Forklift Section 179 Deductions
Section 179 Tax Deduction Basics
Section 179 of the IRS tax code allows businesses to deduct the full purchase price of qualifying equipment purchased or financed during the tax year. This means when you buy (or lease) a piece of qualifying forklift equipment, you can deduct the FULL PURCHASE PRICE from your gross income.
In essence, you purchase part of the material handling equipment with the dollars you would have paid in Federal taxes. You improve your productivity while you increase your earnings. You are building your business for the future with pre-tax earnings today.
An Incentive for Businesses Large and Small
Despite recent spending cap changes, Section 179 is more beneficial to small businesses than ever. Section 179 is one of the few government incentives available to small businesses today. It has been included in many of the recent Stimulus Acts and Congressional Tax Bills.
(see ‘Vehicles & Section 179‘ for current limits on business vehicles)
Although large businesses also benefit from Section 179 or Bonus Depreciation, the original target of this legislation was much-needed tax relief for small businesses. Millions of small businesses are actually taking action and getting real benefits.
How Does Pandemic Stimulus Affect Section 179?
Much of the equipment businesses purchased to conform to COVID-19 restrictions will qualify for the Section 179 tax Deduction. Eligibility for the Section 179 tax deduction for 2020 is unaffected by any pandemic-related financial assistance a business may have received (e.g., PPP Loans, Stimulus acts.)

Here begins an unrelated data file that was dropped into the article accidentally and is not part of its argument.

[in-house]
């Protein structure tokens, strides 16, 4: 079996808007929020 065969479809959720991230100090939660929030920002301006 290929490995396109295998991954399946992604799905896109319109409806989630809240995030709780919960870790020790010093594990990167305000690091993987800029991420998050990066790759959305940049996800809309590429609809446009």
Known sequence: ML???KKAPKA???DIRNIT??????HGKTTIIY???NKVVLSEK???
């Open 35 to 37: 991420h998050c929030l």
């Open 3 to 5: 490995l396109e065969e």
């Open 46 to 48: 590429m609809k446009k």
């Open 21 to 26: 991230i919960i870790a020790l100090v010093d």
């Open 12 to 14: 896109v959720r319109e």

In other words, if a company received a PPP loan or any other Pandemic-related assistance, they may still claim their Section 179 Deduction.
How the Section 179 Deduction Works: Forklifts & other Equipment
In years past, when your business bought qualifying equipment, it typically wrote it off a little percentage at a time through depreciation. For example, if your company spends $50,000 on a piece of material handling equipment, it gets to write off $10,000 a year for five years. Though not ideal, it’s true that this is better than no write-off at all on the forklift or related machine.
Most business owners would really prefer to write off the entire forklift purchase price for the year they buy it. That’s exactly what Section 179 does. It allows your business to write off the entire purchase price of qualifying equipment for the current tax year.
This has made a big difference for many companies (and increased the economy in general.) Businesses have used Section 179 to purchase needed forklift equipment right now, instead of waiting. For most small businesses, the entire cost of qualifying equipment can be written-off on the 2020 tax return (up to $1,040,000).
Who Qualifies for Section 179?
All businesses that purchase, finance, and/or lease new or used business equipment during tax year 2020 should qualify for the Section 179 Deduction. (assuming they spend less than $3,630,000)
Most tangible goods used by American businesses, including “off-the-shelf” software and business-use vehicles (restrictions apply) qualify for the Section 179 Deduction.
Is There a Deadline?
To qualify for the Section 179 Deduction, the equipment purchased or financed must be placed into service between January 1, 2020, and December 31, 2020. For 2020, $1,040,000 of assets can be expensed.
How Much Money can Section 179 Save a Business in 2020?
The Section 179 Deduction has a real impact on your forklift or equipment costs. Here’s an easy-to-use calculator that will help you estimate your tax savings. Simply enter the purchase price of your material handling equipment in the form, and let the calculator take care of the rest.
Please note that this Section 179 Calculator fully reflects the current Section 179 limits, rates, and any and all amendments / bonus depreciation.
Click here to view the calculator.
Does all Forklift And Material Handling Equipment Qualify?
The IRS allows for Section 179 depreciation on tangible property, including forklifts, used in a business or income-producing activity. Your customers should see IRS Pub. 946 for more information and restrictions, and consult a tax advisor.
For basic guidelines on what property in addition to forklift equipment is covered under the Section 179 tax code, please refer to the information at www.section179.org.